Last to the 3 Series family, the 316i may pack the least power, but it's so affable, it may just leave its middle siblings neglected by the crowd.
Photos: Joel Tam
Already distinctive and rather good to look at, the new 3 Series is made even more desirable with this aggressive bodykit. While the stock 3 has design cues that resemble the bigger 5 Series, the added M kit seems to lend well to help the 316i carve its own identity, which is definitely a good thing.
More good news, the 3 Series now fits into the Cat A COE bracket (although that isn't really saying much, considering how COE prices have been volatile lately). That said, I do believe that BMW is a bit late in bringing in the 316i. Mercedes has already gotten a big fat piece of the pie with their 1.6-litre powered C Class range. But you know what they say - better late than never.
With 136 bhp and 220 Nm, the BMW loses out to the Merc in terms of power output, but there is no disputing the fact that it is still a pretty punchy drive. My take is that BMW is marketing this as a more sporty option compared to the Merc, which has always been a more 'business' brand, while BMW's USP has often been driving dynamics.
But before we talk about the drive, let's take a look inside. Specced with a bright red leather interior, our test-car really could liven up your mood on a bad day. Though clearly not to everyone's taste, the red matches the white on the exterior and cohesively creates a very sporty image for the 316i.
Grab hold of the new multi-function M steering wheel and you won't want to let go. Not only does it look the part, it feels perfectly sized, and with just the right amount of thickness and grip on the rim. The 3 Series has always been a great car to drive, now with these sporty interior bits, they simply egg you on to get going.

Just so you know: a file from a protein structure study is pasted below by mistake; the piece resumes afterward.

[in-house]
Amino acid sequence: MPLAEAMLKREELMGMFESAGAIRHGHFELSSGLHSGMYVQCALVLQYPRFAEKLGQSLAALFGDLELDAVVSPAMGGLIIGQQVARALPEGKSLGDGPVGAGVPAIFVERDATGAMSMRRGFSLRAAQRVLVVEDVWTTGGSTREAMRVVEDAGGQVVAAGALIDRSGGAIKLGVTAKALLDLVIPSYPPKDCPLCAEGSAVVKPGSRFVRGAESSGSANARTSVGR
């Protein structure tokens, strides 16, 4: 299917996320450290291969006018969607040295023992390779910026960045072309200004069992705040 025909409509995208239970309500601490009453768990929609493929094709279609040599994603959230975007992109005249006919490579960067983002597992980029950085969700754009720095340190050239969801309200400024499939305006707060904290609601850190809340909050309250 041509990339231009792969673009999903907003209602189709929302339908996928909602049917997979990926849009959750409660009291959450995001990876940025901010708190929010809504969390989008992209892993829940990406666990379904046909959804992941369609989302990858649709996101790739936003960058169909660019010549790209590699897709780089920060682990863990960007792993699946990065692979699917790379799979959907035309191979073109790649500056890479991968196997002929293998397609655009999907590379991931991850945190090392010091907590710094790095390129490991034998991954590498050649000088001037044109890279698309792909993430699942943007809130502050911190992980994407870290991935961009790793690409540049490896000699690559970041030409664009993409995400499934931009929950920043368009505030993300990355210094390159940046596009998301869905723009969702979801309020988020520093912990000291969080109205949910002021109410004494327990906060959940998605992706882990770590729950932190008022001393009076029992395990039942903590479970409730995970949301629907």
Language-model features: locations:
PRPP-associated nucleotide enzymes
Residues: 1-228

Put your foot down hard on the pedal and the initial torque is encouraging. The car pulls easily away from the lights, once you breach the 4500 rpm mark however, the engine note starts to get a bit rough. But the car still pulls convincingly as the needle finds its way further up the rpm band, albeit with a bit of strain. You immediately are reminded that this is no 335i. Despite the sporty exterior, this car is no dragster.
But then again, it's not meant to be. As a front-engined rear-wheel-driven car, the balance in the car's handling is sublime. The steering too, is direct and well-weighted. In fact, having less power (and a lighter front end) seems to be an advantage for the 316i, it takes on corners and sweeping bends almost like a hot hatch! With the usual Eco, Comfort, Sport, and Sport + driving modes, drivers can select a range of drive settings to suit their mood. We left it in Sport most of the time, which kept the car on its toes. Over time, we got used to the modest power but really started to dig the divine balance the 316i offered.
Make no mistake, it's no Lotus, and it won't out corner a Golf GTi, but the 316i is a car that offers a lot of fun for what it is supposed to be - an entry-level premium sedan. Add to that, a 'greener' engine that helps it benefit from a CEVS rebate of $10,000, and you've gotten yourself the best deal in this category. To us, the 316i is like the cutest, youngest addition to the family, whether it will cause the 328i or the 320i to suffer from a middle-child syndrome is yet to be seen.